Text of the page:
He has said that in his family memoir The Splendid Things We Planned (2014), he was asking, “How did I make it?” Referring to his brother Scott, he asked: “Why did I go this way, and why did he go that way?” Scott’s tragedy, he said, is the story of “what I might have been, and at least, not yet, didn’t become”, though the reference is to Scott’s self-destructiveness more than his treatment of others. Scott, for his part, told Bailey, “You’re gonna be just like me. You’re gonna be worse” – speculation offered as absurd. When Bailey’s mother tells him that Scott just needs to stop drinking, he replies that it wouldn’t help; he would simply be “a sober lunatic”. The same conclusion does not occur to Bailey about his own recovery.
In a 2020 email seen by the New York Times, Bailey wrote to one of his alleged victims, Eve Peyton, a former student, about “the awfulness” of a night in June 2003, on which, she claims, he raped her. He told her that he was suffering from an unspecified mental illness at the time – nearly a decade after, according to his memoir, he started to get his “shit together”.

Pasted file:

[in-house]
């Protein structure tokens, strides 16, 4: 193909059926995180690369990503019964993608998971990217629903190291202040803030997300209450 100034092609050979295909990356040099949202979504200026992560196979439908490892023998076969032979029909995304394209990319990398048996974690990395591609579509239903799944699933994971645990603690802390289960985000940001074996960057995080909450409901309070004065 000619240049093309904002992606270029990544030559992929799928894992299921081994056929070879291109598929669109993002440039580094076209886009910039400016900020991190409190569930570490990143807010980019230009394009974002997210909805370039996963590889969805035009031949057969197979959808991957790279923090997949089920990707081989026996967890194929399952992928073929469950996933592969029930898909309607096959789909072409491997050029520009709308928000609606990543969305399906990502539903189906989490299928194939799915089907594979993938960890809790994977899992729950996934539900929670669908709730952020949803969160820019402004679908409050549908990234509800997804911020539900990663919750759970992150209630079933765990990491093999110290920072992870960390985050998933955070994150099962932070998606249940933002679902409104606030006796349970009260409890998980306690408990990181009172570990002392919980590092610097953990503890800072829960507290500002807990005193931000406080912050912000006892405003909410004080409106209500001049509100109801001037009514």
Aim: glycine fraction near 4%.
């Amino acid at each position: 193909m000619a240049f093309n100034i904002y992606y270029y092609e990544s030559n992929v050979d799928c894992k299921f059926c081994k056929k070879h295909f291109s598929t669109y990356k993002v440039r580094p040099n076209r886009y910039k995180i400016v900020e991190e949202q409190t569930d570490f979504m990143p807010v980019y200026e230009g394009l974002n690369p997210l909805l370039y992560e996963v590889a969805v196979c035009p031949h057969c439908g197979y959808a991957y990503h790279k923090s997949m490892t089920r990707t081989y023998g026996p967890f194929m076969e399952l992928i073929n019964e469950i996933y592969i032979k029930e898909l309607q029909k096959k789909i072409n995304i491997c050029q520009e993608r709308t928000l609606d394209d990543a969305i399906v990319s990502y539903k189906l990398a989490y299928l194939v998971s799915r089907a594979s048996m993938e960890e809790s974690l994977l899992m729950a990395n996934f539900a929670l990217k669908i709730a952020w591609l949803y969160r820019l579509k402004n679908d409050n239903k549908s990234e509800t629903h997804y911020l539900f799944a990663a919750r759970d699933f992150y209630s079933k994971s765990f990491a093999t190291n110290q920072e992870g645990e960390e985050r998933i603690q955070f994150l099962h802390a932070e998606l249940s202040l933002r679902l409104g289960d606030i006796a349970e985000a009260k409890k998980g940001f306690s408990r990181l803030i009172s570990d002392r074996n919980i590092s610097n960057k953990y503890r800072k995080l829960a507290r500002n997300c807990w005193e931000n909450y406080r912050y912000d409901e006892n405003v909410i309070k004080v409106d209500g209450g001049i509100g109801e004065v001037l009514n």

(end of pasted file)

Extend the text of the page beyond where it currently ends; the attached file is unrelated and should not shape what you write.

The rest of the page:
But then Bailey’s own account of his personal progress contains worrying signs – notably, a brazen disregard for boundaries that remained evident at the time of writing. As he explains it, he first met Mary at Lusher when she came by to pick up her 13-year-old sister’s homework. “This was during my planning period,” he wrote, “so I had time to flirt with her.” When he bumped into her again, she mentioned she had been doing part-time work as a teacher’s aide, so he invited her to guest-teach one of his classes – “after which I took her out for drinks”. (Bailey, in his memoir, recalls telling his brother that he had never had relations with his students; he also told an interviewer that the opening and closing lines of Nabokov’s novel Lolita, a text he often taught at Lusher, “make my dorsal hairs quiver”.)